Everton midfielder Dele Alli has said he hopes to inspire others after revealing he recently spent six weeks at a rehab facility in the United States for addiction, mental health and trauma treatment.
In an interview with The Overlap, Gary Neville's YouTube channel, published on Thursday, the former England midfielder said he had become addicted to sleep medication as a way of dealing with traumas from his childhood -- which he said included being sexually abused at age six by a family friend.
Alli returned to Everton this summer after spending last season on loan at Turkish side Besiktas, where he made 15 appearances in all competitions. However, when told he needed another surgery, he said he could feel a negative cycle beginning again and decided to seek help.
"I think with things like that, you can't be told to go there, I think you have to know, and you have to make the decision yourself, otherwise it's not going to work. To be honest, I was caught in a bad cycle. I was relying on things that were doing me harm," Alli said.
"I was waking up every day, and I was winning the fight, going into training, smiling, showing that I was happy. But inside, I was definitely losing the battle and it was time for me to change it because when I got injured and they told me I needed surgery, I could feel the feelings I had when the cycle begins and I didn't want it to happen anymore."
Alli, 27, said he left the facility three weeks ago, adding that he is sharing his story now to help others.
"I want to help other people to know that they're not alone in the feelings they've got and that you can talk to people; it doesn't make you weak to get help, to be vulnerable. There's a lot of strength in that. So, to come out and to share my story, I'm happy to do it," he said.
Alli detailed the traumas he had from his childhood when growing up in Milton Keynes, which he said included being molested aged six by his mother's friend, smoking at seven and selling drugs at eight before being adopted by "an amazing" and supportive family when he was 11.
"I mean [my troubles have] been going on for a long time, I think, without me realising it -- the things I was doing to numb the feelings I had," he said.
"I mean I didn't realise I was doing it for that purpose, whether it be drinking or whatever. The things a lot of people do -- but if you abuse it and use it in the wrong way, and you're not actually doing it for the pleasure, you're doing it to try and chase something or hide from something, it can obviously damage you a lot."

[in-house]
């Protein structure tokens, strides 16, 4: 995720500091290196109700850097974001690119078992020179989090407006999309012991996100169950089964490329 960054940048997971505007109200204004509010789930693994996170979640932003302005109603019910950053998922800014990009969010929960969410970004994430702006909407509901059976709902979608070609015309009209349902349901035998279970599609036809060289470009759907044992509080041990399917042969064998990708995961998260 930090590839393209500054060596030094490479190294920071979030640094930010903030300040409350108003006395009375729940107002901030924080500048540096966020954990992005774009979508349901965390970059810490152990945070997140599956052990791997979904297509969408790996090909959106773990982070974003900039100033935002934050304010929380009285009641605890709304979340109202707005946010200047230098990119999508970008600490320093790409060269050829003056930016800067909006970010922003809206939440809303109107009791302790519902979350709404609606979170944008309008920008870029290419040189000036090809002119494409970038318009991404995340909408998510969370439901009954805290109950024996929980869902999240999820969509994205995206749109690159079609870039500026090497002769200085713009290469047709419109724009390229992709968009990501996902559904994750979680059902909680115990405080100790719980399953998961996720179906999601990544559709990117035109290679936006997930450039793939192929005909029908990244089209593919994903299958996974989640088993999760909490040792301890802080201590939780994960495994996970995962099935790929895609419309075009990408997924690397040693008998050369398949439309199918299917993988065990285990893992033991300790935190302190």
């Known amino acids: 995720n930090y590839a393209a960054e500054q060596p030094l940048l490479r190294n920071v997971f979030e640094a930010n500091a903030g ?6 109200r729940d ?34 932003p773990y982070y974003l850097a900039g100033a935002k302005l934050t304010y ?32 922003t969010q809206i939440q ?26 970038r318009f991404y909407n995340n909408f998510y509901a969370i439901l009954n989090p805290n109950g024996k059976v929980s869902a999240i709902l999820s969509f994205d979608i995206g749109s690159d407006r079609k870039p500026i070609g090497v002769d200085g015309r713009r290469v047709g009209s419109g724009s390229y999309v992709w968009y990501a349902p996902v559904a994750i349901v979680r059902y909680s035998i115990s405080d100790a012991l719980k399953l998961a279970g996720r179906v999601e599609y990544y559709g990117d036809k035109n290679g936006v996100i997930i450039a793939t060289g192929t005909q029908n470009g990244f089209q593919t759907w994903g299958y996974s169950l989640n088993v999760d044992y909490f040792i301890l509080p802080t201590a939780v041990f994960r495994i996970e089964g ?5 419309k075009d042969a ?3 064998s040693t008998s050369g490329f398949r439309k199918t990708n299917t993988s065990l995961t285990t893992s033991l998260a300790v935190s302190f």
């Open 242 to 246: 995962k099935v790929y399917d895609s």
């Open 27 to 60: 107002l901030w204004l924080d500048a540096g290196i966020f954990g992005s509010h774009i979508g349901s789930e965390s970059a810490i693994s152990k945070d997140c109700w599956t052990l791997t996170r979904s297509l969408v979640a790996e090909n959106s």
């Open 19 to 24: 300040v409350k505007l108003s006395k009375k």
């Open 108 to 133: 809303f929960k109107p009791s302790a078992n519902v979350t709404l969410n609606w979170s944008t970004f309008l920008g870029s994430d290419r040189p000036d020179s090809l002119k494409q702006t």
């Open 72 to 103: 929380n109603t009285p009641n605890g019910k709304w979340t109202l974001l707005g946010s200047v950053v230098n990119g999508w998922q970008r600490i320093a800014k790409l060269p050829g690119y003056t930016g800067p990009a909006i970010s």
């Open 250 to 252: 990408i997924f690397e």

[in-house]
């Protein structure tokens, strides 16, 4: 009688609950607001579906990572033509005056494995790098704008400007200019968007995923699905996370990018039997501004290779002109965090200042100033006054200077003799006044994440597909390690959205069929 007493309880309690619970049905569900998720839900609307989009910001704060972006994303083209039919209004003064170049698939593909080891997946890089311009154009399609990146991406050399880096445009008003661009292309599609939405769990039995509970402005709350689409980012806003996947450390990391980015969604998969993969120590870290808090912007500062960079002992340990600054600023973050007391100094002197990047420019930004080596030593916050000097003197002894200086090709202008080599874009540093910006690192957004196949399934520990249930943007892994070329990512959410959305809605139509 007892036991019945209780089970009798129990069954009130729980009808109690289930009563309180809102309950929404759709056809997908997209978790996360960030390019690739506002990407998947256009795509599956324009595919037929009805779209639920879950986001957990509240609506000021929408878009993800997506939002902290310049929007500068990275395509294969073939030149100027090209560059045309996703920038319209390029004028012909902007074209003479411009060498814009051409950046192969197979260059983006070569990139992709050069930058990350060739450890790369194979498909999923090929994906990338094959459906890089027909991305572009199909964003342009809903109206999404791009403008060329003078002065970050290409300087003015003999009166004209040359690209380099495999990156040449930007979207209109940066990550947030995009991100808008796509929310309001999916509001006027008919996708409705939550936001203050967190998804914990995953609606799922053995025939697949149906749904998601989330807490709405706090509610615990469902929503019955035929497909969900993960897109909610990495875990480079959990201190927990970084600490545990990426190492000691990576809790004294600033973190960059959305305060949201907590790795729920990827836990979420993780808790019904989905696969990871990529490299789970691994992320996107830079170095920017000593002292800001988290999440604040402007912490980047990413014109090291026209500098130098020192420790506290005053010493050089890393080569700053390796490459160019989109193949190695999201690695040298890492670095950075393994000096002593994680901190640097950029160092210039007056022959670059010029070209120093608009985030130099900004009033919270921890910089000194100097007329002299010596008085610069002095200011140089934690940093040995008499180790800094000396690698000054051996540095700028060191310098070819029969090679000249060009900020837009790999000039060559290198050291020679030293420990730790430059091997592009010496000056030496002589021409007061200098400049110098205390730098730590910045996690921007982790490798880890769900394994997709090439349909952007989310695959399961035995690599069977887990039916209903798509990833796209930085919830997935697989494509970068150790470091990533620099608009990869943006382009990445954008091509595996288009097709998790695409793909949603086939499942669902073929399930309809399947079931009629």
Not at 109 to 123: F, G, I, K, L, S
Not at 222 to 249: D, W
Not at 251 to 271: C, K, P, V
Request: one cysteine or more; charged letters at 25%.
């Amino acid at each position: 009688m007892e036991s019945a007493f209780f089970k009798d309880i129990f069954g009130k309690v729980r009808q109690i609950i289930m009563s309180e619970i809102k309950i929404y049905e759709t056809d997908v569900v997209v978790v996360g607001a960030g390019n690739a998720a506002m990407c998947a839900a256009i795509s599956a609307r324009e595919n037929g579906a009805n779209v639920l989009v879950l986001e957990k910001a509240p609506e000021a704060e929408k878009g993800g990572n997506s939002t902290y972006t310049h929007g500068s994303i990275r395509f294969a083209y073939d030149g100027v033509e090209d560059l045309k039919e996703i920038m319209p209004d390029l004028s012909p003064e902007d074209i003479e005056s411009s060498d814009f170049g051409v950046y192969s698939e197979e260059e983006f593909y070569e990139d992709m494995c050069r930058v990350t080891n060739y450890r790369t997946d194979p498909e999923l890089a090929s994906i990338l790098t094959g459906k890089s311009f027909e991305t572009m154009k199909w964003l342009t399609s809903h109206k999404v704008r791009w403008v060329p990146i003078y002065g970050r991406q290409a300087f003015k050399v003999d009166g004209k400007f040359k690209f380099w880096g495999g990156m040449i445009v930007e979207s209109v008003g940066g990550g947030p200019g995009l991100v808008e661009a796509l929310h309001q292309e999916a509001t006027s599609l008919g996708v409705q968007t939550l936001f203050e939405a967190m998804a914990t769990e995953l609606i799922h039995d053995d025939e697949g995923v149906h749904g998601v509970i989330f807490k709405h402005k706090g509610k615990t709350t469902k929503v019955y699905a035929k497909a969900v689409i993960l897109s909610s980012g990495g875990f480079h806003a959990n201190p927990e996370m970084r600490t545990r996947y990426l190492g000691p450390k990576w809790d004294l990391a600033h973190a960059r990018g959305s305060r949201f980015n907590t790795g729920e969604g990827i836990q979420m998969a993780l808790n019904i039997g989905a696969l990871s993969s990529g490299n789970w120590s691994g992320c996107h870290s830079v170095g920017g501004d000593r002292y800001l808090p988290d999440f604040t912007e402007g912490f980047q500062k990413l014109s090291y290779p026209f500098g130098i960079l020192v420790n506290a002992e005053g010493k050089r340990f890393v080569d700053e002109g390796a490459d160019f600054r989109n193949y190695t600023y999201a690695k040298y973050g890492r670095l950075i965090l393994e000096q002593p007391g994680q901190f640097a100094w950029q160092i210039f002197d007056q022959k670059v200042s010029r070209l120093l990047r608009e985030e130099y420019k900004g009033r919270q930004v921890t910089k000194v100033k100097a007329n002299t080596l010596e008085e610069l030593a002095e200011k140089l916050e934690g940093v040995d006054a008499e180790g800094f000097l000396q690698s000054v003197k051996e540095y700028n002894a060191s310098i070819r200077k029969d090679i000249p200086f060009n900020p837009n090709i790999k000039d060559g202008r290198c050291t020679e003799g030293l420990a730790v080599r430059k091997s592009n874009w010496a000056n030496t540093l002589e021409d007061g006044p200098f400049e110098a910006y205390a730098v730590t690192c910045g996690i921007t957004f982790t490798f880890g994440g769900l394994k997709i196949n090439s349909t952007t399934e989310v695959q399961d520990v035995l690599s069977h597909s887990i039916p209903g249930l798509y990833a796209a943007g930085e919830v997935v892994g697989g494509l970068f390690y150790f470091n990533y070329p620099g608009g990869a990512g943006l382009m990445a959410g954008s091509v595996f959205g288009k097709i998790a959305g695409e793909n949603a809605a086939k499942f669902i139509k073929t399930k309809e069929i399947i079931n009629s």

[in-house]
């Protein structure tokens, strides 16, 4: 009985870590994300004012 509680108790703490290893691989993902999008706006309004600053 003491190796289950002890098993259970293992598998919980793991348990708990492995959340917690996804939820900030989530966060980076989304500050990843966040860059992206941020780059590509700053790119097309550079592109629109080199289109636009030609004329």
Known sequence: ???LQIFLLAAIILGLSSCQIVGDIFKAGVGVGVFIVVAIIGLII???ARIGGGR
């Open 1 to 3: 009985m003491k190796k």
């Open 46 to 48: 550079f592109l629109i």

Alli said that he hid his addiction from his adopted family and from teammates who tried to help and that he considered retiring from professional football at 24.
"It's hard to pinpoint one exact moment [when I started to feel that things weren't right]. Probably the saddest moment for me was when [José] Mourinho was manager, I think I was 24. I remember there was one session, like, one morning I woke up and I had to go to training -- this is when he'd stopped playing me -- and I was in a bad place.
"I remember just looking in the mirror -- I mean it sounds dramatic but I was literally staring in the mirror -- and I was asking if I could retire now, at 24, doing the thing I love. For me, that was heart-breaking to even have had that thought at 24, to want to retire. That hurt me a lot, that was another thing that I had to carry."
Alli excelled at Tottenham after his arrival as a teenager from MK Dons in 2015, becoming a crucial part of Mauricio Pochettino's team that reached the 2019 Champions League final. He also starred at the international level for England, the height of which came during the World Cup semifinal run in 2018.
However, he has since endured a steep decline in form. He fell out of favour at Spurs and moved to Everton in January 2022 but has made just 13 Premier League appearances for the club.
He said he is now ready to fight for a place in Sean Dyche's team this season and said he mentally he is in the "best place I've ever been."
"I'm proud of who I am today and don't blame anyone; I thank a lot of people," Alli added. "I thank a lot of people for the tough times they created for me because I think that made me a tougher person because that made me braver, made me stronger and it allowed me to overcome challenges that, if they were just sprung on me, maybe I wouldn't be able to deal with. But, I have a lot of people to thank because they did help give me the hunger and the passion to keep going and keep fighting and prove them wrong.
"I think the main thing for me is I want to prove myself right because I know how good I can be as a player and as a person and it's important for me that this battle against myself, I will win, and I do prove myself I was right about all these things."
A number of players have issued messages of support, including England captain and former Spurs teammate Harry Kane, who said he was proud of Alli.